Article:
The New Porsche 911 (and some) Rocks

The 8th generation of the Porsche 911 has been let loose on the streets, and I thought it would be good fun to give it a go, especially with the recent experience from the 911 Carrera T fresh in mind. Porsche themselves call the new 911 a “Timeless Machine“, and seeing how they have worked on perfecting the somewhat unexpected concept of a rear-engined sports car for more than 50 years, that’s in fact not such a silly expression. The design and silhouette of the 911 are long since household elements of the high performance sections of car history.

I was met by a striking Racing Yellow 911 Carrera 4S at the dealership and soon returned outside with its keys in hand. As with the Carrera T, finding a comfortable driving position was a breeze, and the 3.0-litre flat six behind the rear axle awoke with an audible grin. The new gear lever can best be described as cute, seeing how small and inviting it is, standing not much more than five centimetres tall on that floating gearbox island (how tricky will it be to keep the gap around the latter clean?) in the centre console. Anyhow, the feel of said lever when selecting drive left me in no doubt that it would stand up to years of use, cuteness and whatnot.

Along the way to my destination, I noticed a steep and twisty road, the shape of which made out the words “drive me” in some ancient language, probably. With newfound linguistic proficiency, I manoeuvered this small road towards its highest point and stopped for a quick photoshoot, which included a less-than-impressing look under the engine hood. The text “3.0 S” on a metal plaque must have been placed there to reassure us that there is in fact an engine tucked in there somewhere. Truth be told, it’s not just any engine – the Porsche 911 flat six is one of the best engineered engines around, and it spoke eloquently in highly capitalised letters in that ancient language during the frisky second take of the twists and turns of that road.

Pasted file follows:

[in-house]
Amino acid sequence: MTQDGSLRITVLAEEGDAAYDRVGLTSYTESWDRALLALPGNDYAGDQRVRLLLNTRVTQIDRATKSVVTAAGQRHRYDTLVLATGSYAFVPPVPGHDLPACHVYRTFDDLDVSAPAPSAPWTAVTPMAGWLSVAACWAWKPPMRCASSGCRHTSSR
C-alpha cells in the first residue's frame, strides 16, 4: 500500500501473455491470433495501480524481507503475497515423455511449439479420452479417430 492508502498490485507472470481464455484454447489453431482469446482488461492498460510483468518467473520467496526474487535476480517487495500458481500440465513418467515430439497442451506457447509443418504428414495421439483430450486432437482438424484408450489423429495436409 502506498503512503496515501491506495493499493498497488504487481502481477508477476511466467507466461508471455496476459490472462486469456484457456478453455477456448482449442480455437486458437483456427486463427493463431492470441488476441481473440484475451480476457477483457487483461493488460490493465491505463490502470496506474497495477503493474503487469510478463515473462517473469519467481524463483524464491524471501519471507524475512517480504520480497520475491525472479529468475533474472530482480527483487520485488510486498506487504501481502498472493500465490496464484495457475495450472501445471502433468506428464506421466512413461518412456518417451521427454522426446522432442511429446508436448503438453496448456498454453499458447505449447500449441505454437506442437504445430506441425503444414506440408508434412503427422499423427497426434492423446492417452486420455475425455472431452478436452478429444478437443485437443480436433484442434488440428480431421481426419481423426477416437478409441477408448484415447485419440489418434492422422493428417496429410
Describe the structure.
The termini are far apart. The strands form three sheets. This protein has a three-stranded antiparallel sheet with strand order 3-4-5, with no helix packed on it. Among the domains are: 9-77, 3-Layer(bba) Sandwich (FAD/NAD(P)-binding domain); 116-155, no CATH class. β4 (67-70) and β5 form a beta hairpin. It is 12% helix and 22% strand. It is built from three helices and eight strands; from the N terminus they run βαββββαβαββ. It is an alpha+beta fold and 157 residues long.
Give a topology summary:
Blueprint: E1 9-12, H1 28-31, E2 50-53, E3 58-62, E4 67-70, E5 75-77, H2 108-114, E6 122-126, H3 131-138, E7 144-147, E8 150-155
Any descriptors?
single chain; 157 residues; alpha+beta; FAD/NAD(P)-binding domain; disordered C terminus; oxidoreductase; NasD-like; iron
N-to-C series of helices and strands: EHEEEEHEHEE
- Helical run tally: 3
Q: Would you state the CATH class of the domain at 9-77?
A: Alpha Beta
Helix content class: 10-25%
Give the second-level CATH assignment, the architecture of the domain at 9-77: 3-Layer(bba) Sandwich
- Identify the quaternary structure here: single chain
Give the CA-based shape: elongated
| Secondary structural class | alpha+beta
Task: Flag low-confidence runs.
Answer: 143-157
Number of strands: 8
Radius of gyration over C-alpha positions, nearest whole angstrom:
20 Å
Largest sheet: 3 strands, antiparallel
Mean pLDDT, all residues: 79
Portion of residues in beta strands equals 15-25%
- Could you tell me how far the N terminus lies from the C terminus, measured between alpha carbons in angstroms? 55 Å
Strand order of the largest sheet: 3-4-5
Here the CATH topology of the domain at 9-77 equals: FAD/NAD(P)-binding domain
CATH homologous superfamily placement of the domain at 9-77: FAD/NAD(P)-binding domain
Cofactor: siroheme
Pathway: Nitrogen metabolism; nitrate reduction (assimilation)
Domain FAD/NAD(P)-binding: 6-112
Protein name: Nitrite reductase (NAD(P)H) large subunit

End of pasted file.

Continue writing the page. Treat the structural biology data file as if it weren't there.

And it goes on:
At several points in time, countless small and large rocks tumbled from the mountain sides in Gloppedalen, creating what is known as the Gloppedalsura scree, the largest of its kind in northern Europe. If it hadn’t been for the clouds, the people aboard the ISS would probably have mistaken that yellow German for a beacon, standing out like a canary bird in a Chernobyl concrete store. The size of some of the humongous rocks would dwarf just about anything you could throw at it, and the 911 Carrera 4S was no exception, imitating a Matchbox car with flying colours.

On the inside, the Porsche 911 makes you feel welcome, and overstaying your welcome is not a term this car knows. The seats offer sublime support, the menu system is just enough German Ordnung muss sein and the outwards visibility is plenty satisfactory. The five round dials in the instrument panel look great and offer a plethora of information via the many display options. However, the two outer dials were obscured by the steering wheel, which was somewhat surprising in a car with such a pedigree.

The new Porsche 911 is a joy to drive. Quite simply. It feels just right, it sounds excellent, it changes direction and velocity like a champ and it has the looks to match. In the Carrera 4S, the 3-litre engine hands out 450 hp and propels more than one-and-a-half tonnes of German engineering from 0 to 100 km/h in 3.4 seconds, making occupants and onlookers grin like silly in the process. So, I hear myself ask; why did Porsche stick with that backwards concept of a rear-engined sports car? Because they very well could and still very well can.

A big thanks to Porsche Center Stavanger for choosing yellow!

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